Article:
Local governments have a host of issues to solve on an ongoing basis. Municipal governments are made up of many different departments including housing, roads and transportation, library, building and zoning, planning, public works, police, fire, water, sewage, education and more. Councils do their best to stretch the tax dollars so that they do the most good for the most people. In today’s world, it’s necessary for local governments to look for ways to increase efficiency.
One of the most viable ways to increase efficiency at the local level is to be innovative in how they can use technology to best meet the needs of the community.
How Much Do Citizens Rely on Technology?
Local citizens have come to rely on technology to manage nearly every facet of their lives. Most people do their banking and pay their bills online. They check in with the children’s activities and school programs online. It’s becoming more common for people to use technology for dating, entertainment, and socializing.
Would you believe that YouTube users upload over 300 hours of content every minute? Twitter sends out approximately 6,000 tweets every second and Google processes around 40,000 search queries every second!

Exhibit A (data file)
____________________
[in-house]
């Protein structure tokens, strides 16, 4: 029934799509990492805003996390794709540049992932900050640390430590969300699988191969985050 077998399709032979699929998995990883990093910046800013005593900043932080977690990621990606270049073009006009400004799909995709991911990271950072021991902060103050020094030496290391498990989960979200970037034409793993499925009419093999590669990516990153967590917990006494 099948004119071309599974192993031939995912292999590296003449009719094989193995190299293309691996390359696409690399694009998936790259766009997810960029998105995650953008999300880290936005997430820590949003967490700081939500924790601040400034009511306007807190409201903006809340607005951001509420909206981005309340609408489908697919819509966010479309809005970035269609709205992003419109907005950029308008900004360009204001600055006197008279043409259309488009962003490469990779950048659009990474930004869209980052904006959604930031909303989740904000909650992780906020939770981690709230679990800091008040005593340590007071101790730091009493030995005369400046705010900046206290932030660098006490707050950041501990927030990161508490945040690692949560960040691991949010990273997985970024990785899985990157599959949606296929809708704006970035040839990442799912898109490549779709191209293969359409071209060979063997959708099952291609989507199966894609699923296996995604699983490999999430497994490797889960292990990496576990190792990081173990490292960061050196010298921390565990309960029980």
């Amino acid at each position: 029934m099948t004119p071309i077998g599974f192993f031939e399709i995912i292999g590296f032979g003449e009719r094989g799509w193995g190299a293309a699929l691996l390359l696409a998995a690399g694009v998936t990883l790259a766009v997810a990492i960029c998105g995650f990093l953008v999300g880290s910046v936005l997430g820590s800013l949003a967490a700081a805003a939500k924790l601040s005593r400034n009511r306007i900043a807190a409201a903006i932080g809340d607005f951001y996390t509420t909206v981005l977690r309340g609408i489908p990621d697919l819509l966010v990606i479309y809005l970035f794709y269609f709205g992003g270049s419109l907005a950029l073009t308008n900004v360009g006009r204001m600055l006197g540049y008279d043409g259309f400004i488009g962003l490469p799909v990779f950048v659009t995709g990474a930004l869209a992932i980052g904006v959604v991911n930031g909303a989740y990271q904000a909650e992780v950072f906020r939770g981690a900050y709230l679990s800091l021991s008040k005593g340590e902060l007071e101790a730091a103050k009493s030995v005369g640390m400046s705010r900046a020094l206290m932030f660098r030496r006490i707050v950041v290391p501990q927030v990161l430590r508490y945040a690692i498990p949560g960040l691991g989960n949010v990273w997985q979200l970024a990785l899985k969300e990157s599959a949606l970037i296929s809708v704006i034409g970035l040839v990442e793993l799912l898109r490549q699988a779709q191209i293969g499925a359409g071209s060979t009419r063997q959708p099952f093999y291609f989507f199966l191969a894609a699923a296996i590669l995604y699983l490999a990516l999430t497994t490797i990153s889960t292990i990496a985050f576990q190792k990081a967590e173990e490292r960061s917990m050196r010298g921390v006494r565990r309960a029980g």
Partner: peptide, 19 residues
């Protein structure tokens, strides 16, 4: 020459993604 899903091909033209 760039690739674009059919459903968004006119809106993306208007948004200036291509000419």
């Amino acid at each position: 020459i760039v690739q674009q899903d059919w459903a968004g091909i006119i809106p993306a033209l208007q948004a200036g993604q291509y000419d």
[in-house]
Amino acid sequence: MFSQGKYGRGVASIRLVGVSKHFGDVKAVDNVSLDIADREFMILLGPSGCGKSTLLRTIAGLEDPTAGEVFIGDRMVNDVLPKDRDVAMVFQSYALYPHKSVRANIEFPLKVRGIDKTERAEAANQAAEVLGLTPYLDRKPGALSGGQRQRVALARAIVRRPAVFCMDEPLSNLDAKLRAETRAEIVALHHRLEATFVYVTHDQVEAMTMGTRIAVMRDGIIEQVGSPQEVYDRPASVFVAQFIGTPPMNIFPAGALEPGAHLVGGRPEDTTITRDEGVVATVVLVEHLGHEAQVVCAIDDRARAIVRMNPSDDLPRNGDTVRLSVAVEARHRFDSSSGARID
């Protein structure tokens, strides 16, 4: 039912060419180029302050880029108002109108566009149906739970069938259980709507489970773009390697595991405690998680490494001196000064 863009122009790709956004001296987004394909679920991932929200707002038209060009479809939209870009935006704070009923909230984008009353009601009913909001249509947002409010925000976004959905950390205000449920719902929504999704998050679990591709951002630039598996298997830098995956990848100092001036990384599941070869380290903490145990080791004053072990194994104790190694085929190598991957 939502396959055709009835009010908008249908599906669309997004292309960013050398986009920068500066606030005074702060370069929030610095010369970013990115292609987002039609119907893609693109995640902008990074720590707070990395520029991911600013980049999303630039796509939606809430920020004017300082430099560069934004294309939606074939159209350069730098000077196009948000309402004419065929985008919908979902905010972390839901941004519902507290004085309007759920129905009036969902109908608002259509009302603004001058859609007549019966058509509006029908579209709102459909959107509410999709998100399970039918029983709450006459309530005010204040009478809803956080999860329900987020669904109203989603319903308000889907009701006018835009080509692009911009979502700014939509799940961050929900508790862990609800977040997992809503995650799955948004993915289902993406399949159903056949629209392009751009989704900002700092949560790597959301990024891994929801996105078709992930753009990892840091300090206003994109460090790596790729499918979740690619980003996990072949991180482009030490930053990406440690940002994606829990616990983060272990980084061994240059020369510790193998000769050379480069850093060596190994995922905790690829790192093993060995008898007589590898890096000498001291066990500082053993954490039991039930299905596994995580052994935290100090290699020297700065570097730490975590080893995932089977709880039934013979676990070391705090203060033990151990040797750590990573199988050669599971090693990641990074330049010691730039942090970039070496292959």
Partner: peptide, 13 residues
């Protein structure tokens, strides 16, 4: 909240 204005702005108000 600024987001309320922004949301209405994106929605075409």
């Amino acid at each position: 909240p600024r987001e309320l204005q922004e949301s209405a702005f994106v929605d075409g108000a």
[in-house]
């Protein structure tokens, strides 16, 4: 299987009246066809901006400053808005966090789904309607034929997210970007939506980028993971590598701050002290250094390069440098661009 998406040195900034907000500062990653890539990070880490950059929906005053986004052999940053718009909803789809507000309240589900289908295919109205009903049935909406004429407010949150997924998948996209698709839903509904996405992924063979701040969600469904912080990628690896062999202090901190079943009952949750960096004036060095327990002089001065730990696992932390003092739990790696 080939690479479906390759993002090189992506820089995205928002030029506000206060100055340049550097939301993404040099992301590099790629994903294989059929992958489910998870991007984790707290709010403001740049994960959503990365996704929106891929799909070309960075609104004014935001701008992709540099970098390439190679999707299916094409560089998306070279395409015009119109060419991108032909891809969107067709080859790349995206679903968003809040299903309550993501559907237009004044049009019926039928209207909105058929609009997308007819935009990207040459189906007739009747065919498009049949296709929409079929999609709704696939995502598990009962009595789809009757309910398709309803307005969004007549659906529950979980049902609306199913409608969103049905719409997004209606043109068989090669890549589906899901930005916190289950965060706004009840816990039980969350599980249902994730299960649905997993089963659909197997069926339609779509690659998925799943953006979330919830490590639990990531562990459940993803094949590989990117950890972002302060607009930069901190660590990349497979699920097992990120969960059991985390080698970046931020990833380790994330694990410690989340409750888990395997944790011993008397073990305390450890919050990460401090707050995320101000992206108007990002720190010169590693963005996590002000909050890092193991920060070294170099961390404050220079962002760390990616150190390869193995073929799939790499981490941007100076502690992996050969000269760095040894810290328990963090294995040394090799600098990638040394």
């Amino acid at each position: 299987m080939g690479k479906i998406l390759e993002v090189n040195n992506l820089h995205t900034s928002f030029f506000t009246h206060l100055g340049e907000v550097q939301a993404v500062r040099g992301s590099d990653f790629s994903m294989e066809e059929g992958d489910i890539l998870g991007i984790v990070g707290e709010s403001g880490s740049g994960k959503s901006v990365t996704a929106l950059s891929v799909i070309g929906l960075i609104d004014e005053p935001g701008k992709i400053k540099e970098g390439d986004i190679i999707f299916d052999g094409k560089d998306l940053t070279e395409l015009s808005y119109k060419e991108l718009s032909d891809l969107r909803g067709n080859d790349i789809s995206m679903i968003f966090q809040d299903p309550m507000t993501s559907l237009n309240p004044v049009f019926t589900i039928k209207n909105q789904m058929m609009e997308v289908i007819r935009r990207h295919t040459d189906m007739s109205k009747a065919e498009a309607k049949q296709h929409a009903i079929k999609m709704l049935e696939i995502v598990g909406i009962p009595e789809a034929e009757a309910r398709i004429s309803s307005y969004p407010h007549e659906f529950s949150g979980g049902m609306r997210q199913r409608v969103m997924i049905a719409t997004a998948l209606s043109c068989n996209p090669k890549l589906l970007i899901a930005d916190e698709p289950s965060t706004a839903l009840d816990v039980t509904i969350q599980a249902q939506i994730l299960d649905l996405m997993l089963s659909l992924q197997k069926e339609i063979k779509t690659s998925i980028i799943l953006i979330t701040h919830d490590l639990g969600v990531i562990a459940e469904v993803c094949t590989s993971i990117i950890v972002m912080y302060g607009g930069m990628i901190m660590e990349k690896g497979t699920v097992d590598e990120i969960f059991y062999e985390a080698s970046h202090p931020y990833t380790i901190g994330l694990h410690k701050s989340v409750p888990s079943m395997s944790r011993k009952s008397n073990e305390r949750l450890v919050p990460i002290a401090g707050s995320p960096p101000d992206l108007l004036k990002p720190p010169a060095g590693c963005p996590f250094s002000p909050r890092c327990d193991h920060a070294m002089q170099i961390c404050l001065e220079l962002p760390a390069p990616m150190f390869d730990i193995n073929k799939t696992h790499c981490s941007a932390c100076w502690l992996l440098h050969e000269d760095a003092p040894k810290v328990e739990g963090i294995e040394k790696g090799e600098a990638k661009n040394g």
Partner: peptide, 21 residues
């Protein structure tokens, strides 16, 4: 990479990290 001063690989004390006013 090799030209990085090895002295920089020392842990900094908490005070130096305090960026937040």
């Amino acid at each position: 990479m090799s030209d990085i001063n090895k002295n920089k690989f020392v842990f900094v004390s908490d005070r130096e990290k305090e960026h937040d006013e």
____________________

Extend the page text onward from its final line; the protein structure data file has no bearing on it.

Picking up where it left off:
These statistics call to mind, “What kind of problems would local governments try to solve if they only had the right technology?”
Dr. Stephen Goldsmith is employed by Harvard’s Kennedy School of Government where he works as the Daniel Paul Professor of the Practice of Government and the Director of Innovations in American Government Program. Goldsmith current directs Data-Smart City Solutions which is a project that features the efforts of local governments to use technology to connect big data analytics with input from the community to encourage citizen engagement. Goldsmith is also the author of “The Responsive City: Engaging Communities Through Data-Smart Governance and director of Data-Smart City Solutions.”
Goldsmith believes that budget-strapped local governments can be revolutionized by the power of data.
“Cities are facing more demands for services ever and there are fewer resources to provide those services,” Goldsmith said. “Yet at the same time, the technological breakthroughs are at a scale we did not even see four or five years ago. With the combination of the use of big data, wireless tools and other technological changes made available to local and state governments, there is an ability to transform services.”
Examples of Problems that Local Governments Solved Using Technology
Innovative local governments have already found ways to tap into technology to solve some of the problems in their communities.
As you enter any public space, you’re likely to find a host of teens and adults with their heads bent down and their noses in their mobile phones. Over 90% of United States citizens own a mobile device with texting capabilities and over 60% of the population own smartphones. Believe it or not, the average smartphone user checks their phone over 100 times per day.